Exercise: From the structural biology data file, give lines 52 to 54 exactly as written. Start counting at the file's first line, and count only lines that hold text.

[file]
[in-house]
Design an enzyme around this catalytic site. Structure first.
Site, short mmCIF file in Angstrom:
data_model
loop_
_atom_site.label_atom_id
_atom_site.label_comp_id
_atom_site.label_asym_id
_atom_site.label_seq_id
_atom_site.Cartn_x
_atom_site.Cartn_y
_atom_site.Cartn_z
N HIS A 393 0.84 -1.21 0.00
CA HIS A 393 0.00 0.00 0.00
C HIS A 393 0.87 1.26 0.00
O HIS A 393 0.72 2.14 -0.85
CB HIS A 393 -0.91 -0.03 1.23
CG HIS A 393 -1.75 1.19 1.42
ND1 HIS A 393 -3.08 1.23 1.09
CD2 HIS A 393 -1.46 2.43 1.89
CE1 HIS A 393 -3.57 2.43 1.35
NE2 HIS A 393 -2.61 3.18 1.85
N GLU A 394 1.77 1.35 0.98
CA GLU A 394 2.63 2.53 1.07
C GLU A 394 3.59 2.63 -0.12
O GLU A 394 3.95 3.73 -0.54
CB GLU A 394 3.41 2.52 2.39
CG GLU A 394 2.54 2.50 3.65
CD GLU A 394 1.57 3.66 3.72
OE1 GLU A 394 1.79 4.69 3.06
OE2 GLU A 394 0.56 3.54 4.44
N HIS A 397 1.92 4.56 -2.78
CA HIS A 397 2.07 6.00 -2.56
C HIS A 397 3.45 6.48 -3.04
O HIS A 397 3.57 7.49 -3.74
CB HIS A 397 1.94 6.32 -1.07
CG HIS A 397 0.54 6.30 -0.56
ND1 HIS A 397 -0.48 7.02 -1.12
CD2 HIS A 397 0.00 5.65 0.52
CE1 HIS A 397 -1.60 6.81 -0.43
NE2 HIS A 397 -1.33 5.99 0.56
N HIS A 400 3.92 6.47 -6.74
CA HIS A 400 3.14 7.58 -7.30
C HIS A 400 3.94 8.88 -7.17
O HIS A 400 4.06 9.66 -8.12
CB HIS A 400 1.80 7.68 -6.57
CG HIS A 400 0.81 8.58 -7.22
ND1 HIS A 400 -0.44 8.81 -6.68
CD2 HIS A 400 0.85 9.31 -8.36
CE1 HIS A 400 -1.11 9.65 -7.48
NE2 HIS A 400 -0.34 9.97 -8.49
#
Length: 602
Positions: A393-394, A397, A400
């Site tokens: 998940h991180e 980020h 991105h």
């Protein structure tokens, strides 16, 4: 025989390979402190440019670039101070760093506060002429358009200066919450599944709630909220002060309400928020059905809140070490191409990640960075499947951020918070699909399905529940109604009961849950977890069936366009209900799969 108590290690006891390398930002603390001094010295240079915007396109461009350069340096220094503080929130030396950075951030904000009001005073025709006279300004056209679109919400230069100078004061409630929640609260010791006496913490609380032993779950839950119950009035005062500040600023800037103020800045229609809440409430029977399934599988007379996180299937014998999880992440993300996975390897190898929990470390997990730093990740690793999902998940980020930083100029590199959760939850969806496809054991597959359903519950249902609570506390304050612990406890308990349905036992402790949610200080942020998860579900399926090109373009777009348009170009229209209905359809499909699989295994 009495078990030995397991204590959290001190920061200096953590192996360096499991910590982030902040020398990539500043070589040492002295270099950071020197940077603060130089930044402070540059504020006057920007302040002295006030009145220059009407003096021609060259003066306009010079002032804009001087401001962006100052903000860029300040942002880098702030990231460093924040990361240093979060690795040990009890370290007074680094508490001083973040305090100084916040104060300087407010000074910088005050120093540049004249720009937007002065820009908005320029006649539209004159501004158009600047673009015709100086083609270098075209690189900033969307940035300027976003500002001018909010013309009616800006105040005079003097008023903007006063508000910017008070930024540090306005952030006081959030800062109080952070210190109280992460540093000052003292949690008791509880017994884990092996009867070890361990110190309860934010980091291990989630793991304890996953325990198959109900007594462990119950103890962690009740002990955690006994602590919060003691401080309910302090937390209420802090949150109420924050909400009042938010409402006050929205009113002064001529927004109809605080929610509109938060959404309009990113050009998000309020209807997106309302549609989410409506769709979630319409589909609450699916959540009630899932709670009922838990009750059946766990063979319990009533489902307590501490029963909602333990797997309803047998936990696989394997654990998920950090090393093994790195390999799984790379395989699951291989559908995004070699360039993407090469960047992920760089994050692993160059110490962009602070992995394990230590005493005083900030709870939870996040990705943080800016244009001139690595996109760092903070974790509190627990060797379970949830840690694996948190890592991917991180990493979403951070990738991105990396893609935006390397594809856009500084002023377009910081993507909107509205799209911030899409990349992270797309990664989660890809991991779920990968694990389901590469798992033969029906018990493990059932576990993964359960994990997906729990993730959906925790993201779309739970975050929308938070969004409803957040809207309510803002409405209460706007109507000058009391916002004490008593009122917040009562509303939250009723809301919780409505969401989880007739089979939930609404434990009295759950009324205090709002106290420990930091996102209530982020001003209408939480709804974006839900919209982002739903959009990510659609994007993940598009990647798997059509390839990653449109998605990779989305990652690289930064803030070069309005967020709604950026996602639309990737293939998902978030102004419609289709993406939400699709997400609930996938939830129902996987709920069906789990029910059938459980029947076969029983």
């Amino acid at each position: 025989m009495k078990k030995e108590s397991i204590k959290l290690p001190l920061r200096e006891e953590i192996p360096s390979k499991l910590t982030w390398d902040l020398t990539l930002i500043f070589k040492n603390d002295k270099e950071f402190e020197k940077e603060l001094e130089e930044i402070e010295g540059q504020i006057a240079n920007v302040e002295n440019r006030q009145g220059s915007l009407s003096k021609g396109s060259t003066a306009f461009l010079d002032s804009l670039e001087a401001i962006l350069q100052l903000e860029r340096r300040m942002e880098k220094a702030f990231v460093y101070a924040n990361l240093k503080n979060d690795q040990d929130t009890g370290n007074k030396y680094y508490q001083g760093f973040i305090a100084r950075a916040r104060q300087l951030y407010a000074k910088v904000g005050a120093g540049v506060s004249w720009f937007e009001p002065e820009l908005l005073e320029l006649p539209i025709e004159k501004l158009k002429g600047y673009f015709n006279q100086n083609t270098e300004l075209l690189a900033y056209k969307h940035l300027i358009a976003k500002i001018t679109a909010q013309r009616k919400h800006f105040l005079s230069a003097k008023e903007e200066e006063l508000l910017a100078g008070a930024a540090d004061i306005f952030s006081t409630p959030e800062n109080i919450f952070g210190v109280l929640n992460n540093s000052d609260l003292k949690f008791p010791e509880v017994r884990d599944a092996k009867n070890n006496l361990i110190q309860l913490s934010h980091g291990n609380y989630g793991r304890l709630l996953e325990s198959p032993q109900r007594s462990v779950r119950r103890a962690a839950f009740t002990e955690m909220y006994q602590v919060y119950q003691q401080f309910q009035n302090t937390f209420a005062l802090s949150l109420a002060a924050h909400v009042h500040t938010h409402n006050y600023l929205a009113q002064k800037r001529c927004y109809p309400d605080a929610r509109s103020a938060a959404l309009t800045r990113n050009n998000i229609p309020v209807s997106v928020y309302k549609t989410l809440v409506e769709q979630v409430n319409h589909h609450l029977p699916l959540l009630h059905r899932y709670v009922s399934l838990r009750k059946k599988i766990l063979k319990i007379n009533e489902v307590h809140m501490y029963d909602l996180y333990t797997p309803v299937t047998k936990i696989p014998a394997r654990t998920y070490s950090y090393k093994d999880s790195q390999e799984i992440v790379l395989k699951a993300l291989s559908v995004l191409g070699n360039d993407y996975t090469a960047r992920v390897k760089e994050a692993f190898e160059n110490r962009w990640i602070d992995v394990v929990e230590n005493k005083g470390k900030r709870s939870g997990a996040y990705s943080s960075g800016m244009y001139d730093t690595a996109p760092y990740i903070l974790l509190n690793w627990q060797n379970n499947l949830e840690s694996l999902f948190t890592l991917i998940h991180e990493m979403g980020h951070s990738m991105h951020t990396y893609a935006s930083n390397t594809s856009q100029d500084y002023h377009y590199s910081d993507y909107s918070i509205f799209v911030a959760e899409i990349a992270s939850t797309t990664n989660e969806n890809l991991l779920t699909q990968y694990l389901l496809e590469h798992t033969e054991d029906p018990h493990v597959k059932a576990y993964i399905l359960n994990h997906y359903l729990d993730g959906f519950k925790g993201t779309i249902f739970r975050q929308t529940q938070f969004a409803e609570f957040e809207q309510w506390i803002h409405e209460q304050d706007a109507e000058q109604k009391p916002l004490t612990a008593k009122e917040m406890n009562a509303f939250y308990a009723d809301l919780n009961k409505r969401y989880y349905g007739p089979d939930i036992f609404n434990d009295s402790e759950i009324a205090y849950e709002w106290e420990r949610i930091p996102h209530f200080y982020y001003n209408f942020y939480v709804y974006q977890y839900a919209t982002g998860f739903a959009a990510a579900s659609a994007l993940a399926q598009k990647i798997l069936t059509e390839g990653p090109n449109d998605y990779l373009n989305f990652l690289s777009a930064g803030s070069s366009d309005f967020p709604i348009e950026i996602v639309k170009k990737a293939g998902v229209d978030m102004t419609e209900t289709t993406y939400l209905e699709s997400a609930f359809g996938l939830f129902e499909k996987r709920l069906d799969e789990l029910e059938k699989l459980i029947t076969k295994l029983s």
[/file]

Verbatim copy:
#
Length: 602
Positions: A393-394, A397, A400